Hopping into the bed market

Jun 01, 1999 9:30 PM  By

It’s an obvious jump from selling a $599 down comforter to selling a $12,463 hand-built Tudor bed. At least it was for Freeport, ME-based Cuddledown of Maine. Founded in 1973 as a marketer of high-quality bedding, the $20 million cataloger has within the past three years expanded its product line to include bedroom furniture.

But while Cuddledown president Chris Bradley says that the new merchandise is “doing well,” he admits that branching out into a different product line has its drawbacks.

For one thing, Cuddledown had to expand its merchandising department and send people farther afield to source product. “There are new trade shows to go to, new vendors to meet with,” Bradley says. And the new products, which are made by outside manufacturers, have thinner margins than Cuddledown’s private-label comforters and pillows.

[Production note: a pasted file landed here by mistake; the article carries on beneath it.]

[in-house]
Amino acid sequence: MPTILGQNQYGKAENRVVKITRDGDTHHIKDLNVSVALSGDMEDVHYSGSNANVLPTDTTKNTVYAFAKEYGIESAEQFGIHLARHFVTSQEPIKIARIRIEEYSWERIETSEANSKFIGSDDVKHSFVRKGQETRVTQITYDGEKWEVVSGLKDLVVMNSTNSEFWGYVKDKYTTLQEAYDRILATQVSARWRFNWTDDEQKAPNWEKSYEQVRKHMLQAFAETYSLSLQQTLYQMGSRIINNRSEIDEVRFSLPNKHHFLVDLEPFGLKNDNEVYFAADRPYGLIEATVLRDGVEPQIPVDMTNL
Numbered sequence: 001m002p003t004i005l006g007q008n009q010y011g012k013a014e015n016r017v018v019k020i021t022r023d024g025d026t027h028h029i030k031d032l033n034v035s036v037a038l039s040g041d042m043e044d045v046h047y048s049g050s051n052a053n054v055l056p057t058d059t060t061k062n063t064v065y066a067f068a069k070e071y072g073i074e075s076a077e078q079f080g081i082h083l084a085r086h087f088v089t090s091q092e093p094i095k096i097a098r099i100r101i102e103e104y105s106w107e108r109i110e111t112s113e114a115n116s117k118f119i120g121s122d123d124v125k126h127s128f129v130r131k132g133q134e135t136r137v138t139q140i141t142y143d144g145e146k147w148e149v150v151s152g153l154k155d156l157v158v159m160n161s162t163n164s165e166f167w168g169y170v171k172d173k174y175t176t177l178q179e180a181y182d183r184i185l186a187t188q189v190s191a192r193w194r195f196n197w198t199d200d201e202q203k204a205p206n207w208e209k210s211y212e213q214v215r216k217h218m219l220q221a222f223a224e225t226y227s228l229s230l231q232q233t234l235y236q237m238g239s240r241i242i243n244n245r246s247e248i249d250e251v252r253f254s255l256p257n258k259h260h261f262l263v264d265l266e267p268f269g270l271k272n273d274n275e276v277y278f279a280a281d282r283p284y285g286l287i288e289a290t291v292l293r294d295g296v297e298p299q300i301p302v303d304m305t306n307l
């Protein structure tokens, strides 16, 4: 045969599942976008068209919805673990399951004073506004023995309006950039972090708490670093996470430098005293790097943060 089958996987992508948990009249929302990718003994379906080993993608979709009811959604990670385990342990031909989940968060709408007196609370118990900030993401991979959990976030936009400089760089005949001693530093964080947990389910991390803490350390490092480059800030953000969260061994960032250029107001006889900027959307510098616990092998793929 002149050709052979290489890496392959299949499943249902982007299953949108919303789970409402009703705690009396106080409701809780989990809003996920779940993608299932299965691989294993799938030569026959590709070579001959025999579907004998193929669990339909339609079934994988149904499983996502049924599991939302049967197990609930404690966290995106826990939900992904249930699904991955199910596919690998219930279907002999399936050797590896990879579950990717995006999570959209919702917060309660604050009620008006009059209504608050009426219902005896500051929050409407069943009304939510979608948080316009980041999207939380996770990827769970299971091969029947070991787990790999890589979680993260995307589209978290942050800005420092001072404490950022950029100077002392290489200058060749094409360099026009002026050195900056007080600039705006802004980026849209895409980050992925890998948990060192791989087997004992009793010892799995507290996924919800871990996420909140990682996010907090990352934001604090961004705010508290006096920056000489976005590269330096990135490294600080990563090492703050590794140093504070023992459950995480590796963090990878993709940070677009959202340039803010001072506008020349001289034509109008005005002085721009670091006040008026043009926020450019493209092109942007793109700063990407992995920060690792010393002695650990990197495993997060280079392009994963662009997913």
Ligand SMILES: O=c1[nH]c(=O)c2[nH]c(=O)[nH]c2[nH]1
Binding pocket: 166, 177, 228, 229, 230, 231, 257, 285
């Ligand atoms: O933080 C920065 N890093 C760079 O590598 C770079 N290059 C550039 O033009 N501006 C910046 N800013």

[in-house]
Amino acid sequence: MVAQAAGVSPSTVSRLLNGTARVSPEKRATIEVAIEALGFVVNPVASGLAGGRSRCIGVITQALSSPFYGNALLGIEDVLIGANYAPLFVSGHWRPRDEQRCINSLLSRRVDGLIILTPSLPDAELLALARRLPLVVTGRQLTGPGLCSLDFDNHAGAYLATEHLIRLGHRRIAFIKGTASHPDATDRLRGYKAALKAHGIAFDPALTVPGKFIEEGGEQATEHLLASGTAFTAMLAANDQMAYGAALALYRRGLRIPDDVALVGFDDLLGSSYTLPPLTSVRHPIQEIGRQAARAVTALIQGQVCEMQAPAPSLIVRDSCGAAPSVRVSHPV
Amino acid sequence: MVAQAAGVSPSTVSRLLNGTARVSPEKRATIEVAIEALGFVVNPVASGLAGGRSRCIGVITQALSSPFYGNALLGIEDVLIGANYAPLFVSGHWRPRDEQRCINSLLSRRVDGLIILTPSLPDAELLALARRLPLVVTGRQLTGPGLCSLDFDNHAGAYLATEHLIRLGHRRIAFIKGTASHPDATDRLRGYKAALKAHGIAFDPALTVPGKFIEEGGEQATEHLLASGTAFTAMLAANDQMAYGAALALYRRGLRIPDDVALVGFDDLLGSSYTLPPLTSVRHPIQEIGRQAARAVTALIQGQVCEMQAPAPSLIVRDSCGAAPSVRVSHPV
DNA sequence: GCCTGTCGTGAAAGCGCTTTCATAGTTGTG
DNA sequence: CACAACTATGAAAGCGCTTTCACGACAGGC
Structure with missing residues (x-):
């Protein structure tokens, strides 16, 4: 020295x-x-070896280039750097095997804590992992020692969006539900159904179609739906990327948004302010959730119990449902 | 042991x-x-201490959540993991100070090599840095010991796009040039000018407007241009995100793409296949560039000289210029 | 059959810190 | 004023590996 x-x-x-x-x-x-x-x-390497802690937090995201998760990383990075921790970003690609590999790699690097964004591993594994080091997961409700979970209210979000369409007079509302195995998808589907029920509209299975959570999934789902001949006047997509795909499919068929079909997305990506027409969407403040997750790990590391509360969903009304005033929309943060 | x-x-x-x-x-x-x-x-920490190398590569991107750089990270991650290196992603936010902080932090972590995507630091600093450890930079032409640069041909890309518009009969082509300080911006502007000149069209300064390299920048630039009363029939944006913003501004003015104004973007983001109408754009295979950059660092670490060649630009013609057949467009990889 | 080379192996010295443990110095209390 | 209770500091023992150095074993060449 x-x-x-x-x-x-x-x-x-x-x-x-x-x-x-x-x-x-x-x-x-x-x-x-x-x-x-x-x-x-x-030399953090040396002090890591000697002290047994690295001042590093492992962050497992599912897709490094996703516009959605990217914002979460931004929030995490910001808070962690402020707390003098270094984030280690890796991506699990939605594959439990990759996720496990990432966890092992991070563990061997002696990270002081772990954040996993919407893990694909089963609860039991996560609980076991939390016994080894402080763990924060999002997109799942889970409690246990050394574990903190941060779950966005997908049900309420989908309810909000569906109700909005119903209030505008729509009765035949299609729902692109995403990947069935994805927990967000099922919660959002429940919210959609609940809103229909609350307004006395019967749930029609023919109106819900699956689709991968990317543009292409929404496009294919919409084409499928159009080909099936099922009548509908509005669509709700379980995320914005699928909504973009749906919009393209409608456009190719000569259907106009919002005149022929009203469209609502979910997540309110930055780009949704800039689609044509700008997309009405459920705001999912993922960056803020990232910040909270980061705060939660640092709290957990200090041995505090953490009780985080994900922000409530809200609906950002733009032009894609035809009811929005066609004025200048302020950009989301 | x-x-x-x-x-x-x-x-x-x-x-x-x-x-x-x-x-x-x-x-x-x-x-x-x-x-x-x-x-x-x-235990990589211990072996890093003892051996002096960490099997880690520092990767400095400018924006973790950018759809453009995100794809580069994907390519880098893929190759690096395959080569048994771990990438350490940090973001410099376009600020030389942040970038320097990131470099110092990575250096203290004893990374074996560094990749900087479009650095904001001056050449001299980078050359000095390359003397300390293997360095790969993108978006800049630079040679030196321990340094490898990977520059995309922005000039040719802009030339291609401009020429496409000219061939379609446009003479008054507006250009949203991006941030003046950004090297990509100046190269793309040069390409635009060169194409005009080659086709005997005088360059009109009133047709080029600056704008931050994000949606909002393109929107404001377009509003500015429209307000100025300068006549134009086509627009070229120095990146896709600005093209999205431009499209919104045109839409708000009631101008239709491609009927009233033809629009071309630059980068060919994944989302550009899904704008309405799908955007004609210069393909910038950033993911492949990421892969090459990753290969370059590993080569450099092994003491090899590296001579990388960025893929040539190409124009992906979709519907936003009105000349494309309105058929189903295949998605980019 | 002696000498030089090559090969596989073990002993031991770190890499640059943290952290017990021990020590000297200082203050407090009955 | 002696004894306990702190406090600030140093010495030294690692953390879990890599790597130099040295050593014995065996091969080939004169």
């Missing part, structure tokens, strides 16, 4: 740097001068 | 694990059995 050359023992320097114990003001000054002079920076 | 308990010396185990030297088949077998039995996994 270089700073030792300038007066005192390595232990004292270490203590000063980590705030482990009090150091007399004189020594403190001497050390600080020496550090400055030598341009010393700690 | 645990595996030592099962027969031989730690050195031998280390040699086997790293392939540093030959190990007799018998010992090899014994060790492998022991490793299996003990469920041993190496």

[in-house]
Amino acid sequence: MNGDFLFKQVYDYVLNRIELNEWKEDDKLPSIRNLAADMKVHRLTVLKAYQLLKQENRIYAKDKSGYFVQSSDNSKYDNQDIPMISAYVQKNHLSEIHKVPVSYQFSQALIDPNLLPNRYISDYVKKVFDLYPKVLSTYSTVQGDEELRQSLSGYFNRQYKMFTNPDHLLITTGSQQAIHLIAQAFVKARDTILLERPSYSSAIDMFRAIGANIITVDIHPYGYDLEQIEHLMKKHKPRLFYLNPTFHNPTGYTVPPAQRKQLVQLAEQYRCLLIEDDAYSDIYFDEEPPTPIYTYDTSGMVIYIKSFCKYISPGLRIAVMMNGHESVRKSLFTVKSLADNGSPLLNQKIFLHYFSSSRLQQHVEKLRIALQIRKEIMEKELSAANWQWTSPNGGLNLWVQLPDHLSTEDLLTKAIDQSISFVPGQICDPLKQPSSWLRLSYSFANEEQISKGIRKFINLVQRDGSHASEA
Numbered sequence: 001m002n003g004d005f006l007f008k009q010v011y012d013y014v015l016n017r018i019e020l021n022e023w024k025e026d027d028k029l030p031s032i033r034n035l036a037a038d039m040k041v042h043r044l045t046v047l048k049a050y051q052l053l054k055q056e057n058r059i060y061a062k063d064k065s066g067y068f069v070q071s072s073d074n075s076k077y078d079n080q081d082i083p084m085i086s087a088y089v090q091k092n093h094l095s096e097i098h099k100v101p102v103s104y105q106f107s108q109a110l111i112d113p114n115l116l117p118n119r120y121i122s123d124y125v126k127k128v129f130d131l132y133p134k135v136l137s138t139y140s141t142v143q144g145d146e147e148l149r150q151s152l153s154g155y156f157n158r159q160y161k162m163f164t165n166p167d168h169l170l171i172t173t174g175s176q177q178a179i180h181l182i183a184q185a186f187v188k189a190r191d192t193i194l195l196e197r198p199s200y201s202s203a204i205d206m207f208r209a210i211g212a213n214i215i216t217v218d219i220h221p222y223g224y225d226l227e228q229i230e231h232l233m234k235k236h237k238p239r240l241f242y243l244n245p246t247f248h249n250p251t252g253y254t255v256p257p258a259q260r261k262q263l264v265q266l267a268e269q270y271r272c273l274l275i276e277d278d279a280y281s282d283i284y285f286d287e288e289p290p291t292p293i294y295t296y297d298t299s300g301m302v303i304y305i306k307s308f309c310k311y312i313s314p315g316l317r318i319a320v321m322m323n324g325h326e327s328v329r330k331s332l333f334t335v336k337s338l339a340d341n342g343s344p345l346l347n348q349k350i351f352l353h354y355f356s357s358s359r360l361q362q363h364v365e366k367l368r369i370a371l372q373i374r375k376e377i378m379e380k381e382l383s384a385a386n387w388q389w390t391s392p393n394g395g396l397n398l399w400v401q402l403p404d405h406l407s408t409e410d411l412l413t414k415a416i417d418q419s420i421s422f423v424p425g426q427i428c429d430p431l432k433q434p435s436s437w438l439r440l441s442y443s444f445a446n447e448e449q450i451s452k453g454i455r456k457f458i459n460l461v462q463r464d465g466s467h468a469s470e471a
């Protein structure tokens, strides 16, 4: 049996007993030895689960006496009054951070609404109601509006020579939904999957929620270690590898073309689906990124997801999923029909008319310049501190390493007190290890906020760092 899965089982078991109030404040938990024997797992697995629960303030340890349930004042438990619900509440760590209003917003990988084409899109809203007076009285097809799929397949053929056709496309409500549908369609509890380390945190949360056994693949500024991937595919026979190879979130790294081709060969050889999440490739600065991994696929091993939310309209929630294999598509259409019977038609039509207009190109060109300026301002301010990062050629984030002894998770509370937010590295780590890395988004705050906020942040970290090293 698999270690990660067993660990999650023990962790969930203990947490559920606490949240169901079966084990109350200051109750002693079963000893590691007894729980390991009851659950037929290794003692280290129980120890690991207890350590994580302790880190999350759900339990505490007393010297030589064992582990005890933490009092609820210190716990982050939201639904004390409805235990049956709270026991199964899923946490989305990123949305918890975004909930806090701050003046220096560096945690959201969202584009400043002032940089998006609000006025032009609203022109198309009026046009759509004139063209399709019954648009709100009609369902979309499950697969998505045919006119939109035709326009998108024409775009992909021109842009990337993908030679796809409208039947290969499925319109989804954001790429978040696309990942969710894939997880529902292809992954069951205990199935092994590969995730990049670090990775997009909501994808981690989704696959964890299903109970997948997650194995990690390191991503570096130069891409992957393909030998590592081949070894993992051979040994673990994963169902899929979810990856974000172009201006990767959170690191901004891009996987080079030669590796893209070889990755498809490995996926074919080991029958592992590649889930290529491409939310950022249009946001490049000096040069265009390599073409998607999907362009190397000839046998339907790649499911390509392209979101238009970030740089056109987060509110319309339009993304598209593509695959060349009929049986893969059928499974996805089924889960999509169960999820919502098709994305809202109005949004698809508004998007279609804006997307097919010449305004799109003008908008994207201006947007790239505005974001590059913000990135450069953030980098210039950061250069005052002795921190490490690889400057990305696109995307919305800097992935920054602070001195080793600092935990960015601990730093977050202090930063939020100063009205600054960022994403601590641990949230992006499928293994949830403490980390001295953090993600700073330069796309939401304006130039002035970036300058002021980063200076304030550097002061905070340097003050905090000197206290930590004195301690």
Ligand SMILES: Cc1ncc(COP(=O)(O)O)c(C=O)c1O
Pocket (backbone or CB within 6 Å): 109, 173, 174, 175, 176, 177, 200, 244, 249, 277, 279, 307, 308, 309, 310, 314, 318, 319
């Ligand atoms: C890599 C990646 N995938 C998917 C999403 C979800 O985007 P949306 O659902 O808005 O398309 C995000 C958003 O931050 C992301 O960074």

What’s more, “the logistics of fulfillment is a whole different issue now,” Bradley says. “‘White-glove handling’ [personally setting up the furniture in the customer's home] is one of the challenges. We’ve hired employees who have experience with that stuff, but we’ve mostly been figuring it out ourselves.”

Then there’s the drop-shipping issue. Depending on where the furniture is coming from, a buyer’s order can take up to eight weeks to fulfill. This waiting period can “short-circuit the customer’s impulse to buy,” Bradley notes. “It’s like a cooling-off period, during which buyer’s remorse can set it.”

Others paved the way While Cuddledown’s move parallels similar expansions into furniture made by other catalogers, among them The Company Store, Pottery Barn, L.L. Bean, and Coldwater Creek, Bradley denies that competitive positioning was an impetus for expanding the merchandise line. “It all comes from the responsiveness of the customer,” he insists.

Clearly, however, these other catalogs have helped pave Cuddledown’s way. In fact, the continued success of competing mailers is to Cuddledown’s benefit, Bradley says. “We’d be fooling ourselves if we didn’t see Coldwater Creek and Pottery Barn as our competition, but what they’re doing is helping improve the market for buying furnishings over the phone.”